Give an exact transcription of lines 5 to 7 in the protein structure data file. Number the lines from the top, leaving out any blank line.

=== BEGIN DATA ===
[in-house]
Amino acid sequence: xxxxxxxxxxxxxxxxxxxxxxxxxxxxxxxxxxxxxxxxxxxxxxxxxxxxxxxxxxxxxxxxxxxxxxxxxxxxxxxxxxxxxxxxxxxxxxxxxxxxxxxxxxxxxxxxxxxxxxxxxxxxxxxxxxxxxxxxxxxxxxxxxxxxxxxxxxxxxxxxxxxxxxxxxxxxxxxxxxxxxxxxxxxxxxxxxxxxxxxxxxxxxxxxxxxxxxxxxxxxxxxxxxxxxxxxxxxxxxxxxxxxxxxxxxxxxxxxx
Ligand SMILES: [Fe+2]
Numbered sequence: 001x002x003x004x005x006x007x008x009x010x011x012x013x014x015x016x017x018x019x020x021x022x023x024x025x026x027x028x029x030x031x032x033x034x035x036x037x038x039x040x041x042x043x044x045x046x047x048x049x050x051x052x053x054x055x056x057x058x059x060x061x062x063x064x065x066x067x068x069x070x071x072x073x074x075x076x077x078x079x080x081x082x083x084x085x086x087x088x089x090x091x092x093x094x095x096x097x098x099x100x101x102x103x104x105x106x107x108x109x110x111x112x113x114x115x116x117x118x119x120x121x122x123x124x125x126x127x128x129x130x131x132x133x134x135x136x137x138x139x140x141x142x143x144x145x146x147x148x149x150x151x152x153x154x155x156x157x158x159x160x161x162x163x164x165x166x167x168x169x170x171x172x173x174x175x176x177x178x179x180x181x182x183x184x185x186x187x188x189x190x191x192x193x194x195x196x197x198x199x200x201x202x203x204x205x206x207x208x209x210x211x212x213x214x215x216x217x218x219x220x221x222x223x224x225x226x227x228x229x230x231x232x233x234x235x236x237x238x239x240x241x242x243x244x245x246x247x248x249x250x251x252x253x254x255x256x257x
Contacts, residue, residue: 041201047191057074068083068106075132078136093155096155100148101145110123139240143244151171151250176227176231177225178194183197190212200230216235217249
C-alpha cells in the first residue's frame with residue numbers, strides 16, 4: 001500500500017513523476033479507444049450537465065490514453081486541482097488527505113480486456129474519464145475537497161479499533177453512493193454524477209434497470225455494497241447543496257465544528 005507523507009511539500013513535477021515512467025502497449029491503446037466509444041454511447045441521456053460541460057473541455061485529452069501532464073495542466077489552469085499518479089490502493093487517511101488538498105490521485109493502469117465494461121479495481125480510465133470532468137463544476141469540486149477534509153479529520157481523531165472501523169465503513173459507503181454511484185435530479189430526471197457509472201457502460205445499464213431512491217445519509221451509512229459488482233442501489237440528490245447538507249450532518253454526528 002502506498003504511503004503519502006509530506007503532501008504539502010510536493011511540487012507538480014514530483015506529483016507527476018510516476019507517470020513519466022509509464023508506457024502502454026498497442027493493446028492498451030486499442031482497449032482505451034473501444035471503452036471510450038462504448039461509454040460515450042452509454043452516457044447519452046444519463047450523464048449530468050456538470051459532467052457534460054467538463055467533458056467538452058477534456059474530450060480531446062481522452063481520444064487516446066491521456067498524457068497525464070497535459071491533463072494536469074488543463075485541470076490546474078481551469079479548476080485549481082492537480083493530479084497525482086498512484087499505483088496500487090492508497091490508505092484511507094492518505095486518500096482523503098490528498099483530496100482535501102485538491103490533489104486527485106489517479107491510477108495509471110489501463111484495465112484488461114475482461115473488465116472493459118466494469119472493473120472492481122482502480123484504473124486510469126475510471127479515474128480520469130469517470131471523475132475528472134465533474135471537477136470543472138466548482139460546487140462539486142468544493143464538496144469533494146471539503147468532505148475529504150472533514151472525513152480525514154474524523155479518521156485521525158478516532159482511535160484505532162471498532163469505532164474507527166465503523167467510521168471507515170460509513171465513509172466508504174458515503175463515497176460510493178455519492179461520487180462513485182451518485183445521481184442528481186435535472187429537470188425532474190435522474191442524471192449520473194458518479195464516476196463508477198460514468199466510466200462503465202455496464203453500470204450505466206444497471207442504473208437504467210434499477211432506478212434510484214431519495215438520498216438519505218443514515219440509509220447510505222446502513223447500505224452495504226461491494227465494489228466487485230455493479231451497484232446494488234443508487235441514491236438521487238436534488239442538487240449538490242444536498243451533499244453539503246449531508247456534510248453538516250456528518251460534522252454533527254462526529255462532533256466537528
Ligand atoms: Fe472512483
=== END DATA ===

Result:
Contacts, residue, residue: 041201047191057074068083068106075132078136093155096155100148101145110123139240143244151171151250176227176231177225178194183197190212200230216235217249
C-alpha cells in the first residue's frame with residue numbers, strides 16, 4: 001500500500017513523476033479507444049450537465065490514453081486541482097488527505113480486456129474519464145475537497161479499533177453512493193454524477209434497470225455494497241447543496257465544528 005507523507009511539500013513535477021515512467025502497449029491503446037466509444041454511447045441521456053460541460057473541455061485529452069501532464073495542466077489552469085499518479089490502493093487517511101488538498105490521485109493502469117465494461121479495481125480510465133470532468137463544476141469540486149477534509153479529520157481523531165472501523169465503513173459507503181454511484185435530479189430526471197457509472201457502460205445499464213431512491217445519509221451509512229459488482233442501489237440528490245447538507249450532518253454526528 002502506498003504511503004503519502006509530506007503532501008504539502010510536493011511540487012507538480014514530483015506529483016507527476018510516476019507517470020513519466022509509464023508506457024502502454026498497442027493493446028492498451030486499442031482497449032482505451034473501444035471503452036471510450038462504448039461509454040460515450042452509454043452516457044447519452046444519463047450523464048449530468050456538470051459532467052457534460054467538463055467533458056467538452058477534456059474530450060480531446062481522452063481520444064487516446066491521456067498524457068497525464070497535459071491533463072494536469074488543463075485541470076490546474078481551469079479548476080485549481082492537480083493530479084497525482086498512484087499505483088496500487090492508497091490508505092484511507094492518505095486518500096482523503098490528498099483530496100482535501102485538491103490533489104486527485106489517479107491510477108495509471110489501463111484495465112484488461114475482461115473488465116472493459118466494469119472493473120472492481122482502480123484504473124486510469126475510471127479515474128480520469130469517470131471523475132475528472134465533474135471537477136470543472138466548482139460546487140462539486142468544493143464538496144469533494146471539503147468532505148475529504150472533514151472525513152480525514154474524523155479518521156485521525158478516532159482511535160484505532162471498532163469505532164474507527166465503523167467510521168471507515170460509513171465513509172466508504174458515503175463515497176460510493178455519492179461520487180462513485182451518485183445521481184442528481186435535472187429537470188425532474190435522474191442524471192449520473194458518479195464516476196463508477198460514468199466510466200462503465202455496464203453500470204450505466206444497471207442504473208437504467210434499477211432506478212434510484214431519495215438520498216438519505218443514515219440509509220447510505222446502513223447500505224452495504226461491494227465494489228466487485230455493479231451497484232446494488234443508487235441514491236438521487238436534488239442538487240449538490242444536498243451533499244453539503246449531508247456534510248453538516250456528518251460534522252454533527254462526529255462532533256466537528
Ligand atoms: Fe472512483